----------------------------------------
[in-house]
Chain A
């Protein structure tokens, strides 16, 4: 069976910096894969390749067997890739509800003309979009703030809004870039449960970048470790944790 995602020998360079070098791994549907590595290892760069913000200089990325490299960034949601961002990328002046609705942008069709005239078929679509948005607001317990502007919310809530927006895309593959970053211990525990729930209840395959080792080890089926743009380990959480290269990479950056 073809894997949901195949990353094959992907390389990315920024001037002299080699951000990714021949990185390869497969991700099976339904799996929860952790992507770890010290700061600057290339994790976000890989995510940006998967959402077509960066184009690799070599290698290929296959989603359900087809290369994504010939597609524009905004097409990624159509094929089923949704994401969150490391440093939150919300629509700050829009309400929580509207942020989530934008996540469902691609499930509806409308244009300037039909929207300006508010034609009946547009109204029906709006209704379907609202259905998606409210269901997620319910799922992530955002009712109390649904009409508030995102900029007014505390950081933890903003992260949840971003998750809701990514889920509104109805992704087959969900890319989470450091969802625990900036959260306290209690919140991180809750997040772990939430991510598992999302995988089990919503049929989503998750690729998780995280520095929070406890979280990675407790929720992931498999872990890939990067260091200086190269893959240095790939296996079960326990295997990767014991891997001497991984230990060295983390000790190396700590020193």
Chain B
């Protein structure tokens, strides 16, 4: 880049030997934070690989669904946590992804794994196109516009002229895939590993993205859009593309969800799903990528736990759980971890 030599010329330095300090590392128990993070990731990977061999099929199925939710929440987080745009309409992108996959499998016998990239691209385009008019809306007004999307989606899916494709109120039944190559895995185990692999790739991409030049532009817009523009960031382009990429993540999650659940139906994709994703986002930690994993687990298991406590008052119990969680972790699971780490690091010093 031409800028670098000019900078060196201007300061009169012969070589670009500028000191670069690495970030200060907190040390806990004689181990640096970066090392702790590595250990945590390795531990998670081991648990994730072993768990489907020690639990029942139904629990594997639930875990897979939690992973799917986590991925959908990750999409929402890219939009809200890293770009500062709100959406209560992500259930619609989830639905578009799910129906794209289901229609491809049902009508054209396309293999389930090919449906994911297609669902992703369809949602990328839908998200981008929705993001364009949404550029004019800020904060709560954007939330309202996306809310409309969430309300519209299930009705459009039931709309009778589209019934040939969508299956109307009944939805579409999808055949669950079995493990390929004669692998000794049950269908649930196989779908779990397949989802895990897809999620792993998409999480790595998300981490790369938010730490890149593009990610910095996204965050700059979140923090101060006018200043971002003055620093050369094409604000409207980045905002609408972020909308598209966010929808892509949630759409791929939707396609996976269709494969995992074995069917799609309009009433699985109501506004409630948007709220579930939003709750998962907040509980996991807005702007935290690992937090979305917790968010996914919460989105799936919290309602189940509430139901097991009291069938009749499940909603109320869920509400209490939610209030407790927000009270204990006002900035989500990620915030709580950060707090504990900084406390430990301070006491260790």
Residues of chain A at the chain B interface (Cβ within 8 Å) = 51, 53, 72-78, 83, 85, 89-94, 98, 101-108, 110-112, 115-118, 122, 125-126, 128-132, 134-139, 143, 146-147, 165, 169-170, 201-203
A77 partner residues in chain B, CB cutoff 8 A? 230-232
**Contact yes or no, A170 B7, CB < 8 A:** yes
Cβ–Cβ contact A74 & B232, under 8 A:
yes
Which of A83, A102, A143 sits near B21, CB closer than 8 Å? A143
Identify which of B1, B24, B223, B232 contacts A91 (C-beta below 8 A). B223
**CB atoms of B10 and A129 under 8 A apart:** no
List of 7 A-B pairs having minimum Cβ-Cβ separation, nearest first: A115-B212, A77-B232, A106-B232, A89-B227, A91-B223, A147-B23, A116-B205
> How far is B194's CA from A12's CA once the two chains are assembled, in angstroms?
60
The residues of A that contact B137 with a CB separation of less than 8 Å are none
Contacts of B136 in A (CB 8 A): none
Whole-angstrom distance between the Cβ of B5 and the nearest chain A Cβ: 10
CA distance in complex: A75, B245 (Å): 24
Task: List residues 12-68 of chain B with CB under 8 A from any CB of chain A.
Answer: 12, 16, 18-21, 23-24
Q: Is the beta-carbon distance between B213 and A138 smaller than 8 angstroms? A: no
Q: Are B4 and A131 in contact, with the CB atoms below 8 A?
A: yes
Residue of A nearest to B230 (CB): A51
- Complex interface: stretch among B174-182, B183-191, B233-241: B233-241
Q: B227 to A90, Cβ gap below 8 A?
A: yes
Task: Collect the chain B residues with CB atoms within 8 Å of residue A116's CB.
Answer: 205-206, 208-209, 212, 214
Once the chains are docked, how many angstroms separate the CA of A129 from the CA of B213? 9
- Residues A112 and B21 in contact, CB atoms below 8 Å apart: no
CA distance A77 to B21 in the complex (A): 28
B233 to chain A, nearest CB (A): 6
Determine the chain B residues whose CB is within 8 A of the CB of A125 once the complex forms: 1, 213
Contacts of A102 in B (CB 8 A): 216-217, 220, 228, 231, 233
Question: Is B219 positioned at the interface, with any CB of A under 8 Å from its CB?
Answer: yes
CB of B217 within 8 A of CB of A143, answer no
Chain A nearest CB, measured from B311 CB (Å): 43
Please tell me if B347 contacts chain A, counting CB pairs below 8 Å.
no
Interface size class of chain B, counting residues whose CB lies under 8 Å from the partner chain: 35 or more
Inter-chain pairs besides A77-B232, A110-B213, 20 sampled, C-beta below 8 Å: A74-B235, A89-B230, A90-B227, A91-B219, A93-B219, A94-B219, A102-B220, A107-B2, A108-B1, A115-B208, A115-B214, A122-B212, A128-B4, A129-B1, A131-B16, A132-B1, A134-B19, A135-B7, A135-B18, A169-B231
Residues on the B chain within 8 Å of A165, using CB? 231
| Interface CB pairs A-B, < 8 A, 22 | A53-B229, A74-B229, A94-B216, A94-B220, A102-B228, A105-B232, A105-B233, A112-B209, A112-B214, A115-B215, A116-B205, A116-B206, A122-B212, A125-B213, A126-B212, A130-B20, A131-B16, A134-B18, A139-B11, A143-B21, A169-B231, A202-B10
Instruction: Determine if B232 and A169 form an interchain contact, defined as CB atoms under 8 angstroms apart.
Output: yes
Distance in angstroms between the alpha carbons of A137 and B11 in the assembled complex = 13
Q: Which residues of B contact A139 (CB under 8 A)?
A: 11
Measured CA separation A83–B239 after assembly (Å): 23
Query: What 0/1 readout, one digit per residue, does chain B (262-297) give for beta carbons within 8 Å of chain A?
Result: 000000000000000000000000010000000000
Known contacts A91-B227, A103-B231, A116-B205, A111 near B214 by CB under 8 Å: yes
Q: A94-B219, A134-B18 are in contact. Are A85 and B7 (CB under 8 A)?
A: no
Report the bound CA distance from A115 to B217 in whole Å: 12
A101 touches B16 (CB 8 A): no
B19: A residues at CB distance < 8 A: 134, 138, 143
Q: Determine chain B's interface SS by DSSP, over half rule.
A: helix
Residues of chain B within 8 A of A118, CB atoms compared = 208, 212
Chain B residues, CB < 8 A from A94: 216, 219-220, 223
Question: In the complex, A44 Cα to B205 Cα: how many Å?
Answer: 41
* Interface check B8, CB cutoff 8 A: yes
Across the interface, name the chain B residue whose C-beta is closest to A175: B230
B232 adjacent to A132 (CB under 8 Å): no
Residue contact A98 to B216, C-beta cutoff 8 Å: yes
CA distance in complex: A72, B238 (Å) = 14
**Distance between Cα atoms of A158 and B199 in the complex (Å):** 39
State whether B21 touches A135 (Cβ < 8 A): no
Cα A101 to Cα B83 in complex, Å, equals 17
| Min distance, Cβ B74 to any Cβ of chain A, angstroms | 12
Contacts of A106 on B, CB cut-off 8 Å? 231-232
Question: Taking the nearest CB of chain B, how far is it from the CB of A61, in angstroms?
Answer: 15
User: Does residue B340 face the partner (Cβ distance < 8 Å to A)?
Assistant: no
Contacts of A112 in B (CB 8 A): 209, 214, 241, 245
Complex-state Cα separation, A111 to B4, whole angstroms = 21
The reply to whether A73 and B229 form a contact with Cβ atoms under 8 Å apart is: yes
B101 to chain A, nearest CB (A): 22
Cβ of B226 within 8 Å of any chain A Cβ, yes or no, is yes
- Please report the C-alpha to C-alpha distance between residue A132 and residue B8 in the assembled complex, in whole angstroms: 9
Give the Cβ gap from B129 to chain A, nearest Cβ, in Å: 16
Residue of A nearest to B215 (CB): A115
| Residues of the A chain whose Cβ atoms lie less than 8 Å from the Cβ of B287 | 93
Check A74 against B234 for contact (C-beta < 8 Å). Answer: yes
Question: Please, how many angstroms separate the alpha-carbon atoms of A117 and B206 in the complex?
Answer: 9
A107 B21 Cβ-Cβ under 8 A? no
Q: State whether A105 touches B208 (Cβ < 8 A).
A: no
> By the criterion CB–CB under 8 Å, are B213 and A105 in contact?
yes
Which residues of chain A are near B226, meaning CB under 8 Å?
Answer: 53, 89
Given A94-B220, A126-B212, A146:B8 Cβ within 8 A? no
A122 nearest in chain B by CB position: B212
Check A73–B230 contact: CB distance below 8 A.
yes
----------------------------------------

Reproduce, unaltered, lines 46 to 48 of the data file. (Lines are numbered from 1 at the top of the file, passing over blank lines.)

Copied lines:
Residues on the B chain within 8 Å of A165, using CB? 231
| Interface CB pairs A-B, < 8 A, 22 | A53-B229, A74-B229, A94-B216, A94-B220, A102-B228, A105-B232, A105-B233, A112-B209, A112-B214, A115-B215, A116-B205, A116-B206, A122-B212, A125-B213, A126-B212, A130-B20, A131-B16, A134-B18, A139-B11, A143-B21, A169-B231, A202-B10
Instruction: Determine if B232 and A169 form an interchain contact, defined as CB atoms under 8 angstroms apart.